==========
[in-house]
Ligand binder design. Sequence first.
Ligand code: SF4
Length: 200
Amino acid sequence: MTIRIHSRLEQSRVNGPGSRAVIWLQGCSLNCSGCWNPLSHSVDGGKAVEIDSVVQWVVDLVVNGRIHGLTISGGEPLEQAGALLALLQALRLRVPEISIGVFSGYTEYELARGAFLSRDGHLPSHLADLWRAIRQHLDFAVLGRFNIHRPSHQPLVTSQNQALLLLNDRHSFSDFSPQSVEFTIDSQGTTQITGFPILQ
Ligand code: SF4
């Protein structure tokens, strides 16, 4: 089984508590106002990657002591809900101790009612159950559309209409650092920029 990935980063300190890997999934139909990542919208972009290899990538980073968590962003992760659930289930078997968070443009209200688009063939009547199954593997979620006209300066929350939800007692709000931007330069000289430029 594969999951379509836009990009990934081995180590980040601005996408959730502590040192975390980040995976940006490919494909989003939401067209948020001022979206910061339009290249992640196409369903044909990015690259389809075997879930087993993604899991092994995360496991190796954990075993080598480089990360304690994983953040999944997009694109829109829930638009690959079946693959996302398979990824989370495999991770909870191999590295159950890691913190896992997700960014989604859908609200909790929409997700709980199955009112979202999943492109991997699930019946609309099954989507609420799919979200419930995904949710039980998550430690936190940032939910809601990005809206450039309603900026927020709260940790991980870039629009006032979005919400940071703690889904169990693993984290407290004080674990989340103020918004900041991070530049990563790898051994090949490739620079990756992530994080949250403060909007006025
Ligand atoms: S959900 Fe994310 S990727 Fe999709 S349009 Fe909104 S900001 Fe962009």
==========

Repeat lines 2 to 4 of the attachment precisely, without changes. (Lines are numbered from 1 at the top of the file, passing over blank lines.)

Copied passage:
Ligand binder design. Sequence first.
Ligand code: SF4
Length: 200